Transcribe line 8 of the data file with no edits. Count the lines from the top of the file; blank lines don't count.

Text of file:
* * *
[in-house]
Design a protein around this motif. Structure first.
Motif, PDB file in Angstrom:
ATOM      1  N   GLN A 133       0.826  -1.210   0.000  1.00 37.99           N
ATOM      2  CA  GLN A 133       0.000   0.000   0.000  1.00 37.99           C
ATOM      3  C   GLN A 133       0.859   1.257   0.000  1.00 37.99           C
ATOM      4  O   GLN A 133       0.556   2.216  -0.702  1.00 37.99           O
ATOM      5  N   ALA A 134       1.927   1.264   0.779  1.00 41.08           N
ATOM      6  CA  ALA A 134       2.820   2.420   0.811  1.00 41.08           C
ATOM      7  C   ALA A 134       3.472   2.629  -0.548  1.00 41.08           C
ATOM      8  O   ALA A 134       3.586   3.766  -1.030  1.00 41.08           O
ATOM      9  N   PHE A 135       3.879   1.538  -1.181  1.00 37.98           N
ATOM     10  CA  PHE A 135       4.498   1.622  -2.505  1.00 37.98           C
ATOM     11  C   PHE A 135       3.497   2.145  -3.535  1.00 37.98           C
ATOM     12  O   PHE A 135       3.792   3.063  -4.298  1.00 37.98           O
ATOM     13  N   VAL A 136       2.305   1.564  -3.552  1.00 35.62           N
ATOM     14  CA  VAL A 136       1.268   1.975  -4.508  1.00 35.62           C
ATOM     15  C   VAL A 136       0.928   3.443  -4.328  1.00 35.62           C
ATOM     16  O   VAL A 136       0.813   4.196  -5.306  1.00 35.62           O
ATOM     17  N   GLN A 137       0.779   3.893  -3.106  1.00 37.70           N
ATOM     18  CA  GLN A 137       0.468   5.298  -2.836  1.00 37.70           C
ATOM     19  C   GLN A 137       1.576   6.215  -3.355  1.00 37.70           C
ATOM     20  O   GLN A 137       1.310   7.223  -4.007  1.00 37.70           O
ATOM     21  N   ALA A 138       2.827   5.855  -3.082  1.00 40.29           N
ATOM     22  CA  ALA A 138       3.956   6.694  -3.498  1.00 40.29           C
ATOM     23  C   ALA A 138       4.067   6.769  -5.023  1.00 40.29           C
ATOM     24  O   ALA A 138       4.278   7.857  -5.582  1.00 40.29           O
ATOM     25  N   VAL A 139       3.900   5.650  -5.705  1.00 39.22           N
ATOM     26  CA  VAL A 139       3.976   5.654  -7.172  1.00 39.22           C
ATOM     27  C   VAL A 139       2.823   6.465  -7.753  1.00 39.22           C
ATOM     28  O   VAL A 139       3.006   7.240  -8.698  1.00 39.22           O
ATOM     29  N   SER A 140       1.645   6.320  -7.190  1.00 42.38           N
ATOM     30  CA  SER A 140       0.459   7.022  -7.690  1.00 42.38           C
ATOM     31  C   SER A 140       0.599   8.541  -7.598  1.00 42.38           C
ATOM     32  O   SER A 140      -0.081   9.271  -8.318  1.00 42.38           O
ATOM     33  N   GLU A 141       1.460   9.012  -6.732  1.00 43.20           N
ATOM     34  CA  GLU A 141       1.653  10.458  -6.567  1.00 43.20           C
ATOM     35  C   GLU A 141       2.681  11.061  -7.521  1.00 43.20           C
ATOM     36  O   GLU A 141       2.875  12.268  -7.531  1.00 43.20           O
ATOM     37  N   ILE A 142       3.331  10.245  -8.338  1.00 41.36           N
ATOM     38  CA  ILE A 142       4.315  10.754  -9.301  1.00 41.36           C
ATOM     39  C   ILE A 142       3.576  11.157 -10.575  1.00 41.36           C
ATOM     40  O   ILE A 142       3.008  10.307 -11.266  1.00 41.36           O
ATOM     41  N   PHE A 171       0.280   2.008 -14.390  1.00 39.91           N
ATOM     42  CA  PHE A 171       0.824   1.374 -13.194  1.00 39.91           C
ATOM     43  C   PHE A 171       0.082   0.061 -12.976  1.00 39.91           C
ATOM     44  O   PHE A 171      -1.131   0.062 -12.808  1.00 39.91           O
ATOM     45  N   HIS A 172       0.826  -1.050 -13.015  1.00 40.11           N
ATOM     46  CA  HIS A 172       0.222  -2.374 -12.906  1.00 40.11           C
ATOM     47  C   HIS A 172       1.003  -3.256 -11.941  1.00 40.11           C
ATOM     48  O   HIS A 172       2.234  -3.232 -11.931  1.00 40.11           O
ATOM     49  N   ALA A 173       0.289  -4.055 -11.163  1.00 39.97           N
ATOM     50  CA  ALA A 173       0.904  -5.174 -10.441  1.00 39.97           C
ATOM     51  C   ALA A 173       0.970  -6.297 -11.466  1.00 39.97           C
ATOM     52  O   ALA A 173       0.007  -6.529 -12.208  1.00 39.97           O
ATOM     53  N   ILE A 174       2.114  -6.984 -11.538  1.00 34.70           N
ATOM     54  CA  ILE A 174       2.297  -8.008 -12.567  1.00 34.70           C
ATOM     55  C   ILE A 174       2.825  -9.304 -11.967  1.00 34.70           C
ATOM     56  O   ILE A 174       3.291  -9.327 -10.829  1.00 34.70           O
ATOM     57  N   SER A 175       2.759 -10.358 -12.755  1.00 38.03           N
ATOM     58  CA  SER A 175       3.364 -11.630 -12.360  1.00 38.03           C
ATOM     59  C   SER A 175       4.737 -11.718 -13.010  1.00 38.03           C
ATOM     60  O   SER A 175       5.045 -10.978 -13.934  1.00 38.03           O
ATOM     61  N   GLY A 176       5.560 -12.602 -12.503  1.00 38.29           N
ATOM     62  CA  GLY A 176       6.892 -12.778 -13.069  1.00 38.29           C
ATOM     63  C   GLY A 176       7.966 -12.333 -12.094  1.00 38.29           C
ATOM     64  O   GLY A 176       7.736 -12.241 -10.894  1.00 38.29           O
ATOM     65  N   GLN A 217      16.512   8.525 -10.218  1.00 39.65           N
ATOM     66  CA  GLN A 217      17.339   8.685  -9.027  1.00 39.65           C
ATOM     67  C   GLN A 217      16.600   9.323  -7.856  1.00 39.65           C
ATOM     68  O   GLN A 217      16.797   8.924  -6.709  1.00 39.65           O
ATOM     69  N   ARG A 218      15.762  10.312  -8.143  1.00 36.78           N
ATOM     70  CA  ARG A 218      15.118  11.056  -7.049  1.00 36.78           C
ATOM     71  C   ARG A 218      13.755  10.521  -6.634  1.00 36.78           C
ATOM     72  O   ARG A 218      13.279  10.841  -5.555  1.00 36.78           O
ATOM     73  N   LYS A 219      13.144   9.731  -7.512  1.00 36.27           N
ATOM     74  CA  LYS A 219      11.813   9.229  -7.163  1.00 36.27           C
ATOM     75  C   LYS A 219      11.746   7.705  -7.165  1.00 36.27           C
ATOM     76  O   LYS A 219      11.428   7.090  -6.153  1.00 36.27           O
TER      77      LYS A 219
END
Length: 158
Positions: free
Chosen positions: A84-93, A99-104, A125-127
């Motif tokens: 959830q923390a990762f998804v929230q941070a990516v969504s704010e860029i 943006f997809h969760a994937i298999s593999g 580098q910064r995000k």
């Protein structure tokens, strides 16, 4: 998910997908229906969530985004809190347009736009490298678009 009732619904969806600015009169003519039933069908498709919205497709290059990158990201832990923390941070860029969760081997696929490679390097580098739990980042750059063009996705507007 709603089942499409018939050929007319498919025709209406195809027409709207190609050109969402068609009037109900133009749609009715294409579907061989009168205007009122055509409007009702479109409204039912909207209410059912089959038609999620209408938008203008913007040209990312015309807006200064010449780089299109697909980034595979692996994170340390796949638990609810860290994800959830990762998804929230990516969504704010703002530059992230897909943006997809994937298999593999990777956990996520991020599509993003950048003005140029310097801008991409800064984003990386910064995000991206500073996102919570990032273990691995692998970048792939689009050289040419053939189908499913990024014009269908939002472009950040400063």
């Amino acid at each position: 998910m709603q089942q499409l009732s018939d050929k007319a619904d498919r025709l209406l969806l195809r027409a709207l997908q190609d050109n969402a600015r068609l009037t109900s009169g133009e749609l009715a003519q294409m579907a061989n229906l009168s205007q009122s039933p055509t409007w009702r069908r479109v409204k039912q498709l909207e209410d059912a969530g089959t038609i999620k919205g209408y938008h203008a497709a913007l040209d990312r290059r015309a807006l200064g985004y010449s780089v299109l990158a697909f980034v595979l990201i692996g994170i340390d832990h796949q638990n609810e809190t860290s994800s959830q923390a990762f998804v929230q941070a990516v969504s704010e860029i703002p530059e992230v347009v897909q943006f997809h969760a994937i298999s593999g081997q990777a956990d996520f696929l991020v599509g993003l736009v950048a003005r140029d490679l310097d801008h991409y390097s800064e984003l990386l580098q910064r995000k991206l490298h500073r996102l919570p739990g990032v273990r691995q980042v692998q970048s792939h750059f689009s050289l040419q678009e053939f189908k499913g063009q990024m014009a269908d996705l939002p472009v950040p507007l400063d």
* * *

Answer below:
ATOM      5  N   ALA A 134       1.927   1.264   0.779  1.00 41.08           N